Human rights not suspended when crossing lines
7/5/2018, 6:12 p.m.
Lady Liberty, once a beacon of hope for the world’s desperate and persecuted, became a hollow symbol on June 11 when U.S. Attorney General Jeff Sessions, announced “zero-tolerance” policies that deny relief to asylum seekers fleeing domestic or gang violence.
As if that were not enough, the Trump administration also decided to steal children from their parents, to cage them in order to send a message to other would-be asylum seekers living to our South. Sessions and Trump want those living in Central America not to brave the arduous trek to our border and decided to use innocent children to make a point.
What has ensued amounts to government-sanctioned terrorism aimed at the brown-skinned, so-called “outsider.” And Trump is not coy. In his speeches, he paints all dark-skinned immigrants with the same brush, describing them as “criminal gang members and rapists” and referring to them as “vermin.” This is scapegoating, which is not only detestable but also dangerous, particularly for the people who are being blamed for every social ill.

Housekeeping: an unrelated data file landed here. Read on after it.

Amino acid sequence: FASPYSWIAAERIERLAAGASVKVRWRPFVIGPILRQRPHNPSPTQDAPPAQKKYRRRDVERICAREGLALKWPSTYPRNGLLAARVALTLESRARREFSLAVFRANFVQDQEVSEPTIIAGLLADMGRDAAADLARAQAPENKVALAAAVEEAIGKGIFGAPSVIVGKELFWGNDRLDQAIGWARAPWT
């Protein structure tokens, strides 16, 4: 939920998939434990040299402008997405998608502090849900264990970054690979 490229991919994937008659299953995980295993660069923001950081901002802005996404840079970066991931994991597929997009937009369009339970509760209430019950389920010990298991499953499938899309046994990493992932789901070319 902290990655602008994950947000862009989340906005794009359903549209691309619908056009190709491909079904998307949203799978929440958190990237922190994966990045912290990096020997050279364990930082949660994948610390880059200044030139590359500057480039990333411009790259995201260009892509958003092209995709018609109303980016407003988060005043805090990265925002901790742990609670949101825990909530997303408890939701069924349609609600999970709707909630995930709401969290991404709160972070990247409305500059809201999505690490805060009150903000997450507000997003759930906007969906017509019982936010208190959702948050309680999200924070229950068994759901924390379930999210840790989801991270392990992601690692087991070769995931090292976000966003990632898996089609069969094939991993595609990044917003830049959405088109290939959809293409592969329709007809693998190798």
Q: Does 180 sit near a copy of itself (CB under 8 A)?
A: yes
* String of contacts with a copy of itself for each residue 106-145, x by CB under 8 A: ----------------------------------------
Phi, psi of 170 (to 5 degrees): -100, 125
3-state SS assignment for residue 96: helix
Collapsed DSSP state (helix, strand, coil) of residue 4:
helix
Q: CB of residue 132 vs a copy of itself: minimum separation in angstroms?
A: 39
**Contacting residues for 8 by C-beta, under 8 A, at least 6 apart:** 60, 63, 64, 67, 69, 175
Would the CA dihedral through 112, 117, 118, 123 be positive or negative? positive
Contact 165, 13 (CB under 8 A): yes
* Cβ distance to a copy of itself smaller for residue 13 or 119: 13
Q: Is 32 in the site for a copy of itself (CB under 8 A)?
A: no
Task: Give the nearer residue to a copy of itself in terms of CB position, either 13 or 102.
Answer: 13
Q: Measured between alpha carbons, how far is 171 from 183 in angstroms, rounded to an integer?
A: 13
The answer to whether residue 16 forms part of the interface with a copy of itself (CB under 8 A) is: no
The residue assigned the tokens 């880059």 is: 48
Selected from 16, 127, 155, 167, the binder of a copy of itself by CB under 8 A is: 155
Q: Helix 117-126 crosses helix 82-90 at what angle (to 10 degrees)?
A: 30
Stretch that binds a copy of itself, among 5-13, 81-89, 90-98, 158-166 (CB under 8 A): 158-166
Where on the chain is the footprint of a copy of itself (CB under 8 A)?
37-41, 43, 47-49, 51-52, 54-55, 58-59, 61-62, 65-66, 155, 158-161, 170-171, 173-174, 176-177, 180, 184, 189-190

Trump’s rhetoric opens the door to cruelty and abuse, and his words are used to justify treating the people at detention centers as less than human. But, because they are men, women and children deserving of fairness, mercy, compassion, sympathy and care, we cannot turn our backs on any of them. And we should definitely not traumatize them. Human rights are not suspended as soon as a person steps over an arbitrary line of latitude.
The human rights abuses must stop.
Kortenay C. Gardiner
The writer is the owner of Pegasus Grant Writers LLC.